Backcountry use in Glacier Bay National Park has begun to increase rapidly in recent years as public awareness of this unique marine wilderness park has grown. This has placed an increasing demand on park resources to accommodate an expanding array of visitor activities.
Although there are over 2.6 million acres of designated Wilderness in Glacier Bay National Park and Preserve, the vast majority of backcountry use occurs along the shoreline within the bay proper. The steep topography of much of this coastal zone limits the area available for camping. Use is further concentrated as visitors are mostly attracted to the upper bay to view tidewater glaciers. Administrative closures of certain beaches due to bear concerns or for wildlife protection have added to camper congestion on the remaining suitable beaches. The result has been a management concern that the visitor experience in Glacier Bay as well as the biological integrity of park resources may be compromised if unlimited growth in visitation continues.
Visitor use patterns were verified by the results of a visitor camper survey conducted from 1996-1999 by the Resource Management Division in cooperation with the Ranger and Interpretive Divisions. This survey showed several areas where multiple parties camped on the same beach on the same night. These patterns are likely out of compliance with the park’s Wilderness Visitor Use Management Plan, which describes the following target social condition:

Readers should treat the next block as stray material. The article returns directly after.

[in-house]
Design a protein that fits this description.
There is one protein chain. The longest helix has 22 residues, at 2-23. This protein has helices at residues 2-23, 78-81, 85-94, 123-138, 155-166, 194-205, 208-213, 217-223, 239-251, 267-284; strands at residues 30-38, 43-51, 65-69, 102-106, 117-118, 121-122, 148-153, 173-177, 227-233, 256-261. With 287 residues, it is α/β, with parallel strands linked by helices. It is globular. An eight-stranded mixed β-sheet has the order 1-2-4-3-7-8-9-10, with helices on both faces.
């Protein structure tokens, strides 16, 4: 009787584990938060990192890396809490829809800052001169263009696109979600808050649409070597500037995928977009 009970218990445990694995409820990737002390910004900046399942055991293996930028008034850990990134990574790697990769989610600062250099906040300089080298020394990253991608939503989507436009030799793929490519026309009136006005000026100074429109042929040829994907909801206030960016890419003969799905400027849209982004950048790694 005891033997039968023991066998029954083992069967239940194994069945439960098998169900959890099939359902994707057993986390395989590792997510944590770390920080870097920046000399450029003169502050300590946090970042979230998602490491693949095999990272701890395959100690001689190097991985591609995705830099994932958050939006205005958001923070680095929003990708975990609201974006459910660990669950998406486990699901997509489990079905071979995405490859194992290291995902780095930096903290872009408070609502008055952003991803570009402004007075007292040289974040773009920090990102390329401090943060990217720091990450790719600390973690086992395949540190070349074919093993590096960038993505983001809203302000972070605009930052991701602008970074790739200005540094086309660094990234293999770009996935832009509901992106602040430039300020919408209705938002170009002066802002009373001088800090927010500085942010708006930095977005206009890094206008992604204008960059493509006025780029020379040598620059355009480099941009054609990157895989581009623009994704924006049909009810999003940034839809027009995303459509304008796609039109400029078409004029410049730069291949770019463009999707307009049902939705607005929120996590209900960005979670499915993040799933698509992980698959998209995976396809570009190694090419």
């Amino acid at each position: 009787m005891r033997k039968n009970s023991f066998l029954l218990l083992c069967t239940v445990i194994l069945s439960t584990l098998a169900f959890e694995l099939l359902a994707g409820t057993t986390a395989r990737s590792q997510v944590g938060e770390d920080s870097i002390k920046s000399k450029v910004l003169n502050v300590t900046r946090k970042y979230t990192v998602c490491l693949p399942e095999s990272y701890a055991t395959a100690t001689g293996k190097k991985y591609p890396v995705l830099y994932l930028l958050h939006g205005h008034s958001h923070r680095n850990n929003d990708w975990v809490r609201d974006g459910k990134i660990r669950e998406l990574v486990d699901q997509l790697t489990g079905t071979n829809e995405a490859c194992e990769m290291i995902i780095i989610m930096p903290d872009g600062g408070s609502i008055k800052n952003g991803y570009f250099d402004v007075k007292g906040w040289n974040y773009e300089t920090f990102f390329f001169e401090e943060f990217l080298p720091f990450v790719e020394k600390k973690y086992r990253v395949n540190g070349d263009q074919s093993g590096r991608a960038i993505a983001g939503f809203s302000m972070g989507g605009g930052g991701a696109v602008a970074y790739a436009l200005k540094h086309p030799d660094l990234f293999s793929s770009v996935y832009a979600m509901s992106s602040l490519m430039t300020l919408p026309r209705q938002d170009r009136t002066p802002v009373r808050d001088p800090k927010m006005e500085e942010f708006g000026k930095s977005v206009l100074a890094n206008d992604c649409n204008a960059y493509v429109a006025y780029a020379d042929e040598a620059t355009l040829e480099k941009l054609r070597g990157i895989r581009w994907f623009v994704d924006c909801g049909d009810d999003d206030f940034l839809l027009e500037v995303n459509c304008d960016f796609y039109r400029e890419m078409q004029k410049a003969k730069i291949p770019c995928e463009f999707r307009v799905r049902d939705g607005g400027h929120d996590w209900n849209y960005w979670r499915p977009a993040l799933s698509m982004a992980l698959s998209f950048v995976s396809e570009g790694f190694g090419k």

The survey also documents campsites which, during peak visitor season, are occupied on 40% to 60% of the nights. Again, this may be in violation of conditions in the park’s Wilderness Visitor Use Management Plan which states:
In 1998, the park instituted a mandatory permit requirement for camping in the backcountry. The permit system has allowed managers to more accurately assess the actual use occurring and also serves as an emergency contact system for backcountry visitors. Also in 1998, Glacier Bay instituted a cap of 2200 total backcountry visitors allowed in the park’s backcountry for 1998 and again in 1999. The Resource Management Division is conducting the visitor survey this year for the fourth year, to further determine travel patterns and areas of high use. Data collected from this survey will be analyzed in the winter to decide what restrictions, if any, should be placed on kayaker/camper use of Glacier Bay.
Since 1997, the survey has been extended to boaters as well, to try and obtain a fuller picture of boat visitation patterns and assess what resources in the park may require further protection from vessel impacts.
Did You Know?
No hoax, iceworms do exist. These small, threadlike, segmented black worms, usually less than one inch long, thrive in temperatures just above freezing. Observers as far back as the 1880’s reported the tiny worms on the surface of glaciers. When sunlight strikes, ice worms burrow into the ice.